You Pay Off a Credit Card—Now What?

Did you know that paying off a credit card balance and closing a bank account can accomplish different things for your credit?  Money Girl answers a reader question

Laura Adams, MBA
3-minute read

You Pay Off a Credit Card—Now What?


A Money Girl Facebook fan named Victoria A. asks:

"We have accounts at 3 different banks and are closing one of them. But we also have a credit card from that bank that’s paid off. I read that closing a credit card can be bad for your credit. When the card expires, will that still hurt my credit score?"


Don’t assume that closing a bank checking or savings account means that your credit card from that institution will also be closed.

Revolving credit accounts—such as credit cards and lines of credit—don’t “expire” if you pay off the balance; they stay open until you specifically request cancelation. However, some card companies may close your account for inactivity if you don’t use it for a long period of time.

In some cases, you may have to keep a checking account open with an institution to get special terms (like a lower interest rate) on their credit cards or lines of credit. So Victoria should be clear about what she’s trying to accomplish—getting rid of a bank account or a credit card.

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Victoria is right; closing a credit card can damage your credit scores. That’s because most credit scoring models factor in your credit utilization ratio, which is your total debt on revolving accounts compared to your available credit limits on those accounts, expressed as a percentage.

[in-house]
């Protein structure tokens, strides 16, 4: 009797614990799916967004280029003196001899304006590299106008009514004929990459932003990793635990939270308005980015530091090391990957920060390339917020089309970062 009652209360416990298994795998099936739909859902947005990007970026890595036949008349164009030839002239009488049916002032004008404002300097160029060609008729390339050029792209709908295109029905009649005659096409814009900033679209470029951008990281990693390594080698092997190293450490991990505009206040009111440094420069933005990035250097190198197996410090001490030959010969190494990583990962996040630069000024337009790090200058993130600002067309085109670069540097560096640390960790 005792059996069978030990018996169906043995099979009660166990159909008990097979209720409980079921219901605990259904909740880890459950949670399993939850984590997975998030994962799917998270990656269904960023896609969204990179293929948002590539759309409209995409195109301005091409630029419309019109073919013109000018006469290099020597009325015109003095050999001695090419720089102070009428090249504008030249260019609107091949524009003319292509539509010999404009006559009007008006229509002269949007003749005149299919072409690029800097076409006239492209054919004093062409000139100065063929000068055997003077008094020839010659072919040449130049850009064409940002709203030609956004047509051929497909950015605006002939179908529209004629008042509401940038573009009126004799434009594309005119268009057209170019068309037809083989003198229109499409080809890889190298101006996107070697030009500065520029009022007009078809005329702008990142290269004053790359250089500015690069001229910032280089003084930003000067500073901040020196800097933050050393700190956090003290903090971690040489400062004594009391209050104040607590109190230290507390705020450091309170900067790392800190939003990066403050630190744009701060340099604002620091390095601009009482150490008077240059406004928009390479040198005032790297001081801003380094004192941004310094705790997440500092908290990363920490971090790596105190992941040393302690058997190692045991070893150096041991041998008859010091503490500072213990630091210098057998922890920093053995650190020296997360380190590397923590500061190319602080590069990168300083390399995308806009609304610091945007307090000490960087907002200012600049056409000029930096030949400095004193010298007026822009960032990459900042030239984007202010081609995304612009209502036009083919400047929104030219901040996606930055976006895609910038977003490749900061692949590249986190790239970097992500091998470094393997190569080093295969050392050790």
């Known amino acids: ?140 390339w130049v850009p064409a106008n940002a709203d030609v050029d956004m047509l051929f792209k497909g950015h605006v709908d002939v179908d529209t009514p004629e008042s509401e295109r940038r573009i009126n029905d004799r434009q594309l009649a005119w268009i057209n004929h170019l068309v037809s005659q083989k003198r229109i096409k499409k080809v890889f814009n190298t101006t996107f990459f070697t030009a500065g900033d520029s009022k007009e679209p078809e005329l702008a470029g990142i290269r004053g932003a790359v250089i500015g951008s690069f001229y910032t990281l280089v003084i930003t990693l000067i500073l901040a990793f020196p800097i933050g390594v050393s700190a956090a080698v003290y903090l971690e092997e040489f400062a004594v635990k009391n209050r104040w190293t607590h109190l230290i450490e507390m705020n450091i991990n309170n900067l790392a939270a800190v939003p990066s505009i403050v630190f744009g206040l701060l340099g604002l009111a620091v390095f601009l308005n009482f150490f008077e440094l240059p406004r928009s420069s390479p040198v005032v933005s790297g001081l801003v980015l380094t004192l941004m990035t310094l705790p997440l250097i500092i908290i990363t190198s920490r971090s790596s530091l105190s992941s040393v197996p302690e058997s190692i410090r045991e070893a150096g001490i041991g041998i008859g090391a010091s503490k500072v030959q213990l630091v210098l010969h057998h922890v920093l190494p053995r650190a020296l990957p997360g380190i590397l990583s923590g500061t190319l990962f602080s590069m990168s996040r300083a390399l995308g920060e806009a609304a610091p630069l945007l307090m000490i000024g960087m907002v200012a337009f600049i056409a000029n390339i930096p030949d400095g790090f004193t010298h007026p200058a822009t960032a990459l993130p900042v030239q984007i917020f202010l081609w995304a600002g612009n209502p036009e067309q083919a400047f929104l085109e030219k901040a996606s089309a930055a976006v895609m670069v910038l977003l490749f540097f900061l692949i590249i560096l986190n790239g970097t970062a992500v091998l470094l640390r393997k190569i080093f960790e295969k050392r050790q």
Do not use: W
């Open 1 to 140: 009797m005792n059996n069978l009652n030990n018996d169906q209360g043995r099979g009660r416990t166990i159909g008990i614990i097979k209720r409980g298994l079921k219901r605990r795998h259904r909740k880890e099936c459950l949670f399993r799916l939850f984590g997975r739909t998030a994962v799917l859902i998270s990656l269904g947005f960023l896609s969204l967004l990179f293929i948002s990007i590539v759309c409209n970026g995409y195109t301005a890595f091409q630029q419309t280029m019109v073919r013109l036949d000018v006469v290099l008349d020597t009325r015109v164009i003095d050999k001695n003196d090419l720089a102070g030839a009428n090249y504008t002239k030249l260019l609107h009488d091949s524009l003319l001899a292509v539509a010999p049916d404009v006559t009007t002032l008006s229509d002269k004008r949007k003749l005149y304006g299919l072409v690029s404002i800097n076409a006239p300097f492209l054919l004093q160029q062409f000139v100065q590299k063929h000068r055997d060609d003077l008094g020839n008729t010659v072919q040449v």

Credit utilization is typically the second most important factor in how credit scores are calculated, behind making payments on time. A ratio under 30% is recommended for maintaining optimal credit.

Closing a revolving account can damage your credit because you instantly reduce your available credit and raise your utilization ratio. Here’s what happens:

Let’s say you have 3 credit cards with credit limits of $1,000 each and you owe $750 on one of them and $0 on the other 2. Your credit utilization is:

 $750 debt / $3,000 available credit = 0.25 = 25%

If you close one of the cards with a $0 balance, you give up $1,000 of available credit and your new ratio is:

 $750 debt / $2,000 available credit = 0.38 = 38%

Increasing your credit utilization from 25% to 38% will cause your credit scores to decrease. Even though you aren’t actually taking on more debt, using up a higher percentage of your available credit is a red flag to potential creditors and merchants.

I don’t recommend keeping more credit cards than you really need—but be strategic about closing them. If you might need credit in the near future, wait until that transaction is complete before closing any revolving credit accounts.

Also, remember that credit scores affect several areas of your financial life besides qualifying for a new loan including insurance quotes, renting an apartment, and getting a job.

Looking for smart strategies to raise your credit score fast? Download the Credit Score Survival Kit. This free multimedia resource will help you fast-track your credit success and show you how to monitor your credit report and credit scores for free.

Other Articles and Resources You Might Like:
What to Know Before You Cancel a Credit Card
Does Canceling a Credit Card Hurt Your Credit?
How to Get Credit With No or Bad Credit
Credit Score FAQ (VIDEO)
The Best High-Yield Checking Accounts for 2012

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About the Author

Laura Adams, MBA

Laura Adams received an MBA from the University of Florida. She's an award-winning personal finance author, speaker, and consumer advocate who is a frequent, trusted source for the national media. Money-Smart Solopreneur: A Personal Finance System for Freelancers, Entrepreneurs, and Side-Hustlers is her newest title. Laura's previous book, Debt-Free Blueprint: How to Get Out of Debt and Build a Financial Life You Love, was an Amazon #1 New Release. Do you have a money question? Call the Money Girl listener line at 302-364-0308. Your question could be featured on the show.